The new board has several notable changes to the original. First and foremost the new wake-up chart makes things even more interesting when deciding what strategy to take. At first sight it looks a little complicated as there is now a grid of benefits rather than the simpler version in the base game. However, it’s pretty simple, you just move your cockerel along into the next season once you pass and gain the benefit (if applicable) shown, so in some cases you’re getting 3 benefits in the year. They’ve also changed it so the only way you can take the first row is by taking the last row in the previous round. So you go last one round and get a tonne of benefits, before being forced to be first next round.
These benefits are much more varied and balanced than the base game too, including the ability to age your grapes an extra one space, add an influence star to the map (I’m about to explain that bit), or a card of your choice.
You also choose your position on the wake-up row when you pass in Winter of the previous round, so playing fewer workers in the last season will give you first dibs on the wake-up track, which is a really interesting change from the base game
All in all the change is an excellent addition to the game.
The next major change is instead of two worker placement regions (summer and winter), there are now four, each with four worker locations. This massively helps with the flow of the game as it slightly simplifies your decision making process. For example you’ll always be able to take vine cards in the season before planting them, rather than weighing up whether to plant the ones in your hand first before taking new ones.
It also gives quite a lot more power to the first player in turn order, since they will have first dibs on worker locations four times instead of twice each year. Don’t underestimate the power of this, or you may be disappointed!
There are new worker locations, such as the ability to convert between 1 grape, 1 VP, 3 Lira or any two cards. This is such a great addition as it serves as a way of getting rid of excess cards, getting extra grapes on the crush pad, sneaking a crucial extra VP, gaining some early extra money or spending leftover money later in the game.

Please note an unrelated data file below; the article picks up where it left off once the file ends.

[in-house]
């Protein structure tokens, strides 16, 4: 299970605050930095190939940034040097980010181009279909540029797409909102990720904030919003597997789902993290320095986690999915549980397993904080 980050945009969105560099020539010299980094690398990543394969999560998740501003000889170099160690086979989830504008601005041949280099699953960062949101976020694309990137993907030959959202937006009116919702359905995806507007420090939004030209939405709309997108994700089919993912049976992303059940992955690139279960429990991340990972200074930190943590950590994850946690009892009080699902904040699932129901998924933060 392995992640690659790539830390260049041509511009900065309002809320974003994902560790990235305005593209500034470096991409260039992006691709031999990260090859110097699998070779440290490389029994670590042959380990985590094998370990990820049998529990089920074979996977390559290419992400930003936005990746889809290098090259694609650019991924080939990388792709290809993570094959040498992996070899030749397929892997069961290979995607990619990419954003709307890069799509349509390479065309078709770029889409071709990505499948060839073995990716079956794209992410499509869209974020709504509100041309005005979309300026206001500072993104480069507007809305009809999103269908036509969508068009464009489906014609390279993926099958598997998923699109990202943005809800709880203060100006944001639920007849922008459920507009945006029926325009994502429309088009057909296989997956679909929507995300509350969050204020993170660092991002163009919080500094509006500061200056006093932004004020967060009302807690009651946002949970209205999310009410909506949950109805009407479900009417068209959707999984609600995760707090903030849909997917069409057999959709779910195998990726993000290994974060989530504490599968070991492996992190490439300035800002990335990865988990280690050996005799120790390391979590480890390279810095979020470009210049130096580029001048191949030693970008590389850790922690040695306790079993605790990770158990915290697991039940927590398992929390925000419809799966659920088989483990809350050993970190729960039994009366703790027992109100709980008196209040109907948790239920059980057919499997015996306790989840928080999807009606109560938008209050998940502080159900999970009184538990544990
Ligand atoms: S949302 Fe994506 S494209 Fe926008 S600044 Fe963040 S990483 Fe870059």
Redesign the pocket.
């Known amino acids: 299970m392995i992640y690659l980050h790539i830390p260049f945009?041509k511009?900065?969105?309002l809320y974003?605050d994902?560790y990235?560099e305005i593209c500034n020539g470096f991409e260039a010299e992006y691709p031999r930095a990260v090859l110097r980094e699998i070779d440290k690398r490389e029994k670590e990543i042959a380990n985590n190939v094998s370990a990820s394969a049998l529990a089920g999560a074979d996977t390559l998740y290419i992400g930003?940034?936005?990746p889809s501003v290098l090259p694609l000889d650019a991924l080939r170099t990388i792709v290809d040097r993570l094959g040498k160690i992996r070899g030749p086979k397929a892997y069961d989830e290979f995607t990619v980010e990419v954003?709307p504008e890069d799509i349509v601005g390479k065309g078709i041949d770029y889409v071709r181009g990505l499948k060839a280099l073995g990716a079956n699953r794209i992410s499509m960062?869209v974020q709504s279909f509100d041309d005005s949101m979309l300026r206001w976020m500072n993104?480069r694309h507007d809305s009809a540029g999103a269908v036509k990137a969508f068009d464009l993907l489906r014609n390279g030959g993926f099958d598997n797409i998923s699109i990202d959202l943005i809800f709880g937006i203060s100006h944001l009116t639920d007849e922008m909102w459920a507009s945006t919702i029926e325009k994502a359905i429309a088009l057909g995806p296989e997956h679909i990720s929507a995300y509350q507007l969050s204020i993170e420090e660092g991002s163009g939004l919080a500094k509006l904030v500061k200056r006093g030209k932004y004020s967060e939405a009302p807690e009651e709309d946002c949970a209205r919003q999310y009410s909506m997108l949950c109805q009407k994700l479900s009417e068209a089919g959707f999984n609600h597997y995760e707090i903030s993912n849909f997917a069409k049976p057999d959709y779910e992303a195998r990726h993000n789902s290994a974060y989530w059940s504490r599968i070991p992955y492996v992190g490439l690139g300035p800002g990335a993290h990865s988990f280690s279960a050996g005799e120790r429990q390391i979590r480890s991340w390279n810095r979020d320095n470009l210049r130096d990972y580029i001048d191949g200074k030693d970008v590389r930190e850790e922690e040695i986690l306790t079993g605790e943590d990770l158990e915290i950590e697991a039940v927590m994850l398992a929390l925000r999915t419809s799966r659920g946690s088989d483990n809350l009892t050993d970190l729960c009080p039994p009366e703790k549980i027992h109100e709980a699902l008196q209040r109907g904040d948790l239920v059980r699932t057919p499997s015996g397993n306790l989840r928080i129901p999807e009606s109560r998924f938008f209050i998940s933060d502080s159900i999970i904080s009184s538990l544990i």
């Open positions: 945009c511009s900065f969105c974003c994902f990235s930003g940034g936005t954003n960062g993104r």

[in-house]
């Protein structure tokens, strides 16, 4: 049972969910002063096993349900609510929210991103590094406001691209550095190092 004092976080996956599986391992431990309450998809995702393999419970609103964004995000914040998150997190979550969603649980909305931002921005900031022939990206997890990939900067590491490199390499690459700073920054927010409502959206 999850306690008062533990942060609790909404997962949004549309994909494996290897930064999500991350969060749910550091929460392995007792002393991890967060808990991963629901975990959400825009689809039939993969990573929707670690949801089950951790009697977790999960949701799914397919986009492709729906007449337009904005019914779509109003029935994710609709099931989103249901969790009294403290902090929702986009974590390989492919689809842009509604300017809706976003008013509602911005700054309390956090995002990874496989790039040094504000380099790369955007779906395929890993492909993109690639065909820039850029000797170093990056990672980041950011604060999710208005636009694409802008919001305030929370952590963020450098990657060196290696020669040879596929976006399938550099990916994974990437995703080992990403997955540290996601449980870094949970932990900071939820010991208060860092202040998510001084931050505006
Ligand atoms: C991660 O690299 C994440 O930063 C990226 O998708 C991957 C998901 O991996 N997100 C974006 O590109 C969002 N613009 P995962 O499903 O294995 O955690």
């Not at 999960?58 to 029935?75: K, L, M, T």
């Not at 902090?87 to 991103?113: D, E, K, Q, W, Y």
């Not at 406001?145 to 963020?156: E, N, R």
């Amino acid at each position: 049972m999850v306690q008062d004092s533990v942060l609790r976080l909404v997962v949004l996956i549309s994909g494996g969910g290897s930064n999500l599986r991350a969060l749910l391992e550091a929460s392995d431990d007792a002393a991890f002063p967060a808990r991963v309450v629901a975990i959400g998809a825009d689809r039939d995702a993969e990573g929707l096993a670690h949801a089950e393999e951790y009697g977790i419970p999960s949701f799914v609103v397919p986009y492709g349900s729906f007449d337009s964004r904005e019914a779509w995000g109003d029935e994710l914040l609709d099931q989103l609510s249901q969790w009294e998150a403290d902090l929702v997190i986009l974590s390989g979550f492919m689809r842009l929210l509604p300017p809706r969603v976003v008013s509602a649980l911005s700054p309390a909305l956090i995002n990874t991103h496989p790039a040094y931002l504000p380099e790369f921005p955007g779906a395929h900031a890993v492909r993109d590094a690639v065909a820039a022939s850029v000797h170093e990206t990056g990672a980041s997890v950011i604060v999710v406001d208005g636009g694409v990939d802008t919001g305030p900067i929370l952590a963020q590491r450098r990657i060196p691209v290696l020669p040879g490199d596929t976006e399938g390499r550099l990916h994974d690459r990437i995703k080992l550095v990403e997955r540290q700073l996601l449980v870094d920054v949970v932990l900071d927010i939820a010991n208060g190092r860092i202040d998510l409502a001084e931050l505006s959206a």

Another new location is the ability to sell wine directly from your cellar. This helps remove some of the luck element of the purple wine order cards. If you’ve only managed to pick up white grapes and you keep picking up red wine orders, you could just sell those white wine bottles for points. 1VP for any bottle of red or white, 2VP for blush and a massive 4VP for any bottle of sparkling.
I also like how they added a second construction location, meaning it’s easier to utilise the new building deck.
Map of Tuscany
Another new element to the board which deserves its own mention is the map of Tuscany in the bottom left of the board. Each player begins the game with 6 influence stars which through various methods (there are two worker locations and a wake-up benefit) can be placed onto different regions of the map. Each region has a benefit associated with it (visitor/construction/vine/order cards or lira) and a VP value. When you place a star on a region you gain the benefit printed, and at the end of the game the player with the most stars on each region gains the VP value. Any ties lead to all players getting nothing. Once all your stars are placed you can use the action to move stars from region to region instead, but with no benefit other than gaining control for game end VP.
It’s a lovely little addition to the game and can provide a late twist as the extra VP can change who the winner is at the last moment! I also like that ties mean 0VP as it stops people just having unspoken agreements not to edge ahead and take the points, its much more cut throat.